Home' Independence : Independence Vol 39 No 1 May 2014 Contents 34 INDEPENDENCE VOL 39 NO 1 MAY 2014
Shelford Girls’ Grammar is a day school with
550 students from early learning to Year 12.
COMMUNITY IN CRISIS
AS A small, long-established school
with strong traditions, Shelford
Girls’ Grammar is a very close-knit
community. One of our more recent
traditions is what we call Extension
Week, a time – usually in late February
or early March – when all of our Year
7 to 12 students engage in a special
activity. Years 7, 8 and 10 go on camp,
Year 9s engage in city-based activities,
Year 11s engage in university exercises
and the Year 12s undertake leadership
courses. There are no regular classes
operating in the Senior School that
By Extension Week in 2011, I was 14
months into my role as Principal at
Shelford. I remember working at my
desk on the Thursday afternoon of that
week, aware of the relative quiet around
the School. When students are away
on camps, staff members ring in during
the afternoon to confirm that all is well.
At about 3.00 pm, Paul Simpson, our
specialist biology teacher who was on
a surf camp with some of our Year 10s,
rang in to confirm that all was well.
That year the Year 10s could choose
between three activities – the surf
camp near Torquay, a more traditional
bush camp near Gippsland involving
hiking and bike riding, or a circus
camp to learn circus skills. Paul, a keen
snorkeller, was with two other School
staff on the surf camp, supporting the
two instructors from the adventure
company leading the expedition. It was
the fourth year our Year 10s had been
on such a camp; all had been run by the
same company and all had been very
successful. Activities included canoeing
and kayaking, snorkelling and surfing.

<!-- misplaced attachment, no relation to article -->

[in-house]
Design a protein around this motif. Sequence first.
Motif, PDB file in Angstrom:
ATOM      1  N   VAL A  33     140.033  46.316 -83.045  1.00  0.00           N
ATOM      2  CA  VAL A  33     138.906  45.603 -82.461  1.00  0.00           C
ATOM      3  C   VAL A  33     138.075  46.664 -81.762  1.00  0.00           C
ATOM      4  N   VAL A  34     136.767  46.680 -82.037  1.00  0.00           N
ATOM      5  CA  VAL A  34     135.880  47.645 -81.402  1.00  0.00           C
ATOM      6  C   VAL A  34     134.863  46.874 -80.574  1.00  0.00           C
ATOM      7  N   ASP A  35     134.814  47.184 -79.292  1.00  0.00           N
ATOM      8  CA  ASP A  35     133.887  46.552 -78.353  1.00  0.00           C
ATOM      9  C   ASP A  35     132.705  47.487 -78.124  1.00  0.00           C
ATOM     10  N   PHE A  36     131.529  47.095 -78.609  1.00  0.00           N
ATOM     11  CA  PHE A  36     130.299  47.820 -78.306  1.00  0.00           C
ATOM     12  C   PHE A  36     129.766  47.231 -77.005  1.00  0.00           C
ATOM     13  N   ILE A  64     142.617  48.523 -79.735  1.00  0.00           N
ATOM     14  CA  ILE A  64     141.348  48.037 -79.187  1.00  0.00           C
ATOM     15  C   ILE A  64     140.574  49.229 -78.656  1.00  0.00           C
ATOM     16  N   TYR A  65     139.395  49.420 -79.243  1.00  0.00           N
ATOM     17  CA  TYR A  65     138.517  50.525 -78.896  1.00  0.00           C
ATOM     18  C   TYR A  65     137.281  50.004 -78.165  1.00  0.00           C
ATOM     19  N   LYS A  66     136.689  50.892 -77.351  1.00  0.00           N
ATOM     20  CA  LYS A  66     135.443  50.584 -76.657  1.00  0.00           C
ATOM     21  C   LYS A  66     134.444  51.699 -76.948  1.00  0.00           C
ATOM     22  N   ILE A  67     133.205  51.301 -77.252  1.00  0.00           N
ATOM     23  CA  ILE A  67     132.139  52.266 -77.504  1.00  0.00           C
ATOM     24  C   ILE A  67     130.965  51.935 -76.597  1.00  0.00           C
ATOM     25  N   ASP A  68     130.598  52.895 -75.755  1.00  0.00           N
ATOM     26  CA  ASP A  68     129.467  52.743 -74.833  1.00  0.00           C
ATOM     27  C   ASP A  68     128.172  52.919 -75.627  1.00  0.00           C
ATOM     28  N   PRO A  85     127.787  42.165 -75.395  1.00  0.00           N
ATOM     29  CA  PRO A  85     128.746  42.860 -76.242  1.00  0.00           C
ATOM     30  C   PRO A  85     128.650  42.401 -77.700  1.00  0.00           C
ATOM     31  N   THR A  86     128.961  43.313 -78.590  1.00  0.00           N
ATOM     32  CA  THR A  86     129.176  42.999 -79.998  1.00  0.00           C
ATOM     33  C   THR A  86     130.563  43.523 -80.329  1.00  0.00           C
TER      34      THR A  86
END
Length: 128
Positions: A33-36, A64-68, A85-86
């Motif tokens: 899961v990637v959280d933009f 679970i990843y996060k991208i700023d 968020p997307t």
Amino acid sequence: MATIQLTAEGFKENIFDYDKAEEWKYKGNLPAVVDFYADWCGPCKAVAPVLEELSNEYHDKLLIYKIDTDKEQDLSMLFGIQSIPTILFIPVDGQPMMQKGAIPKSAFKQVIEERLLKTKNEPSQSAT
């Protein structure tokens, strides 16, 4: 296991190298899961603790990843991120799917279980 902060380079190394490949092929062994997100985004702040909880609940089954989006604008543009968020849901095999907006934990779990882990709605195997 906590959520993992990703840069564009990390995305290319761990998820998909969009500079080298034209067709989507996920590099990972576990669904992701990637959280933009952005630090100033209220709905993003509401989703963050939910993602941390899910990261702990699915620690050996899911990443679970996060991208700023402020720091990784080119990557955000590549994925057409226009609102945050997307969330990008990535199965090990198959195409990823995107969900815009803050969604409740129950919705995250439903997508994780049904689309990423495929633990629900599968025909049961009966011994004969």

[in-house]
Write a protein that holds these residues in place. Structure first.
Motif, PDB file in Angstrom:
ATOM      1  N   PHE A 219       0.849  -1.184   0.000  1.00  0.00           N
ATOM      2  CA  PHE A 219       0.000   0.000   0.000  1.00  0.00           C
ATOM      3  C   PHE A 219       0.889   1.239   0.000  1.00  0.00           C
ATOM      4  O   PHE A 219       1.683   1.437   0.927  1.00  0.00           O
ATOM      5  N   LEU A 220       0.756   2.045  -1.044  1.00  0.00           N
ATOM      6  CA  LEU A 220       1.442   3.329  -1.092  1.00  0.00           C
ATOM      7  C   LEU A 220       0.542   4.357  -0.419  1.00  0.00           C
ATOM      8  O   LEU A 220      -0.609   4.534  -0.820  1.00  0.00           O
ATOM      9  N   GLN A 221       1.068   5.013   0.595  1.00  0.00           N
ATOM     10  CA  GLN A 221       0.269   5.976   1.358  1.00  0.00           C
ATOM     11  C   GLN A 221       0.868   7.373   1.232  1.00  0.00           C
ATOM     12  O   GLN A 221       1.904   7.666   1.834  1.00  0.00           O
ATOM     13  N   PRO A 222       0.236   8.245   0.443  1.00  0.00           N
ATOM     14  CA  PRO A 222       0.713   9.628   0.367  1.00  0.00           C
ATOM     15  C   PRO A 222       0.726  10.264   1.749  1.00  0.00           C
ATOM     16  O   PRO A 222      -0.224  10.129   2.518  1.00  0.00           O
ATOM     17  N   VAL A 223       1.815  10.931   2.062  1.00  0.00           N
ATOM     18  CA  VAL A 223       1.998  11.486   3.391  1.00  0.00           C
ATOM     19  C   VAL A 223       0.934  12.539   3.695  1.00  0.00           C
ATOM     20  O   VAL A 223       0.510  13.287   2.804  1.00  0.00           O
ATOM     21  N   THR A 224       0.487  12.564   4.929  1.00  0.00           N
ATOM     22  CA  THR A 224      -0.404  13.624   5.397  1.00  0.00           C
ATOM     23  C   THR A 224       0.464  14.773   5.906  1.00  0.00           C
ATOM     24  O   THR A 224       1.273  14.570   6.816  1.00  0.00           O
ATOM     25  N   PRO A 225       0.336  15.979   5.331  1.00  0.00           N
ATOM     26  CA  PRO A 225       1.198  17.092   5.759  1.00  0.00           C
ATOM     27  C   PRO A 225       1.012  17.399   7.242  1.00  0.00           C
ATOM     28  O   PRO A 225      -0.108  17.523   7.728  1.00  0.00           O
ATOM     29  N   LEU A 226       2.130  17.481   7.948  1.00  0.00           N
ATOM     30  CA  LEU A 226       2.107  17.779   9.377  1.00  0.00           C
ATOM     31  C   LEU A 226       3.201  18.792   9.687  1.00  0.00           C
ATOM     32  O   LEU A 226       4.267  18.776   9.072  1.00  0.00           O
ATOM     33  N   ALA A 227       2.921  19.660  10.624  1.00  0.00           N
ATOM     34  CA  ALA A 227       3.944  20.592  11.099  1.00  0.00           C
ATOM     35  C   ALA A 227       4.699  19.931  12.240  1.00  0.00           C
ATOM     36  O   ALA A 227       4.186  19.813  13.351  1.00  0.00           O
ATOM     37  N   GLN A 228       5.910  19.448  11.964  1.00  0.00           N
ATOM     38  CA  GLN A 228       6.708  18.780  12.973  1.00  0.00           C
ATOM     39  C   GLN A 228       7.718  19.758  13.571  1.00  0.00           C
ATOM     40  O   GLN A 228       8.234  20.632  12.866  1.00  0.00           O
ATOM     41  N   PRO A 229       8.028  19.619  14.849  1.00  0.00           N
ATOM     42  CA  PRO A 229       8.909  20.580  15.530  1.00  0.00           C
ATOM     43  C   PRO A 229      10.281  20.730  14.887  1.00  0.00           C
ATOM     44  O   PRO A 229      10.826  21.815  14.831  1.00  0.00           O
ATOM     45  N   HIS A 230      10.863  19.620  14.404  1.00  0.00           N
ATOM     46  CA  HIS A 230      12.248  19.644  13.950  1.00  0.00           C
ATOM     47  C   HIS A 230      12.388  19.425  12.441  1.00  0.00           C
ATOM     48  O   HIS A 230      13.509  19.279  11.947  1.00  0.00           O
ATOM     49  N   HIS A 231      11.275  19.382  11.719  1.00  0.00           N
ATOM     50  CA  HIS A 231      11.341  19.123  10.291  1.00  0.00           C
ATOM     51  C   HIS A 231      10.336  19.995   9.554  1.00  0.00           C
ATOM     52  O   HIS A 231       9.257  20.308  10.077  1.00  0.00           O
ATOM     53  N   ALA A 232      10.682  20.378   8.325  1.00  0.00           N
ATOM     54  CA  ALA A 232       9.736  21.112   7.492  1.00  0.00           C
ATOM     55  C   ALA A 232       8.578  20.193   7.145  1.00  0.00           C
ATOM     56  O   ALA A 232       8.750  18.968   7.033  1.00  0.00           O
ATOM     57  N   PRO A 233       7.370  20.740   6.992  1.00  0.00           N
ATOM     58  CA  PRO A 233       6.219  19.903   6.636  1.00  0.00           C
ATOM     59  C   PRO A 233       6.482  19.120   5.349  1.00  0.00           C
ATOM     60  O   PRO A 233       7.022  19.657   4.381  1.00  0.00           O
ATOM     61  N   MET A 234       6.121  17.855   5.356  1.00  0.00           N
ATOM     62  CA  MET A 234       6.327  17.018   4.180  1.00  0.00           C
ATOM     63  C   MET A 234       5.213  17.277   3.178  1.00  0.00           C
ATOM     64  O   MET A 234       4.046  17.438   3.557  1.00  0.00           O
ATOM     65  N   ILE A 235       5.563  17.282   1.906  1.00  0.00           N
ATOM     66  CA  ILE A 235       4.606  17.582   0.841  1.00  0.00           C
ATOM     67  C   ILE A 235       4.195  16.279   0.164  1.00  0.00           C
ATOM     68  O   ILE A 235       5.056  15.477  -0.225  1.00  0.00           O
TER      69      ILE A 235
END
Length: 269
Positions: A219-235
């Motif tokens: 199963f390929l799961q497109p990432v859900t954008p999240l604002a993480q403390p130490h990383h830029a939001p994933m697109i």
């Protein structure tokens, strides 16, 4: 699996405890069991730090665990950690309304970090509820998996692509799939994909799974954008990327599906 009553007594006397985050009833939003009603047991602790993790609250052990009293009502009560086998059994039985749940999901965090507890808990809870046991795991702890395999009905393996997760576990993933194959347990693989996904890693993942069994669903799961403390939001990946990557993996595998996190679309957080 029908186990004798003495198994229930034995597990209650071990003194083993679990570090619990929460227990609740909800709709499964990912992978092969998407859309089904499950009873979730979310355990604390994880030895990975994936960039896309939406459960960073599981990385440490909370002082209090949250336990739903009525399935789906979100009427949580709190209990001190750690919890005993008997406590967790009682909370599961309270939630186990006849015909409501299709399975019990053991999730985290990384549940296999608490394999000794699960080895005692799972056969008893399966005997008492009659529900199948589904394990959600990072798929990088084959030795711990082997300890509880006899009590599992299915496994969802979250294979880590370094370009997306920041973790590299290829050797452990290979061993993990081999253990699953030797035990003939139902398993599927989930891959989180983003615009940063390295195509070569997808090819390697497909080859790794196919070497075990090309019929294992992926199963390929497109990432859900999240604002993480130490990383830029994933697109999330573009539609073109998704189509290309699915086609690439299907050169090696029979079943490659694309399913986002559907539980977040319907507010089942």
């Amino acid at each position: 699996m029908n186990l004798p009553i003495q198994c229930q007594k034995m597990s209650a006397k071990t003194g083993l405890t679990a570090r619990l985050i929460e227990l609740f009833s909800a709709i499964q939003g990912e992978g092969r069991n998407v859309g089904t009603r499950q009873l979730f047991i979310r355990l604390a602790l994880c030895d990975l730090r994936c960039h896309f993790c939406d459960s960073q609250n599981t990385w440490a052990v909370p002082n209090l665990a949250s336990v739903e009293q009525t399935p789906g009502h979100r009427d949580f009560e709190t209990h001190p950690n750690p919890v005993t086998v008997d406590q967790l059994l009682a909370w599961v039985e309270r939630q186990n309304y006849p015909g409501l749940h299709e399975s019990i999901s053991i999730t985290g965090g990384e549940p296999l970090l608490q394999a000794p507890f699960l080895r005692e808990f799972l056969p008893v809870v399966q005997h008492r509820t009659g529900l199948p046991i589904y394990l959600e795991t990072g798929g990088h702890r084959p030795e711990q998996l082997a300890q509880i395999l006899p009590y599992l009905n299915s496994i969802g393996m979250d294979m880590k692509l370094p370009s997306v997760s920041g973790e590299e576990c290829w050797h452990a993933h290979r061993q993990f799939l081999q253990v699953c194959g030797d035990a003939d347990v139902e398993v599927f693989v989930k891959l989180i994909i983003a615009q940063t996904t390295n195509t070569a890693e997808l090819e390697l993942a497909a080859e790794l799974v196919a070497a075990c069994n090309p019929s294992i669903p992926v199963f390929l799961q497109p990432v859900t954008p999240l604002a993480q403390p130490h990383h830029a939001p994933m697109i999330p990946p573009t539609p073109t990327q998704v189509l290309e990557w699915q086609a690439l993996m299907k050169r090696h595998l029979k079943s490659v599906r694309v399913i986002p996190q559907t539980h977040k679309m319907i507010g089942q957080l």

Paul reported the students had had a
great day and that they were about to go
snorkelling in a lagoon just off the main
beach as part of an exercise on marine
biodiversity. The intertidal reefs of Point
Addis Marine Nature Park are world-
renowned for their unique marine life
and everyone was very excited.
At 4.30 pm our Deputy, Jules Aldous,
rang to say that the girls on the surf
camp were okay but medics were
working on Paul. The news seemed all
the more startling because of the deep
quiet around the School. We had no
other information to go on, but I felt
LEADERSHIP ON THE LINE
In Forum, we invite Heads to contribute opinion or share their
experience on topics central to school leadership. For this issue,
AHISA members were invited to relate an instance of leading through
difficult circumstances: how they did it, and what they learned about
leadership and themselves.
optimistic that Paul would be all right.
He wasn’t. Jules rang back shortly to
say that he had been pronounced dead.
I remember just shaking for a little bit
with the shock. Ironically, we had had
a meeting of the critical incidents team
about two weeks before Extension
Week, where we had worked through
what at the time we had considered to
be an extreme scenario. This situation
was far more critical.
When actually faced with a crisis of
this kind, the shock, grief, emotion
and urgency force you on to autopilot.
We did not even look at our critical
incidents protocol until two days later,
because there were people whose
immediate and overwhelming needs
had to be met as our very first priority.
It didn’t help that the media were
ahead of us with the news. Although
we were not aware of it at the time,
news helicopters were already circling
over the beach where Paul lay, relaying
images of his white-sheeted body.
The first eight hours
Jules Aldous raced back to School and
we began on the most urgent tasks.
Staff came in to help man the phones
as we began contacting parents.
We organised to bring back to School
the two Year 10 groups that were on
away camps (the circus camp students
were sleeping at home). I contacted
the police and it was arranged that we
would take responsibility for breaking
the news of Paul’s death to his wife
and family. Jules and I both visited
the Simpson home and remained with
Paul’s wife and young daughter until
family members were able to arrive.
By the time we returned to Shelford,
parents had started arriving to wait for
the girls returning from camp.
While these sound like straightforward,
discrete actions, they involved multiple
decision-making and organisational
tasks. For example, we decided to
use our own Shelford bus to collect
the girls from the surf camp, driven
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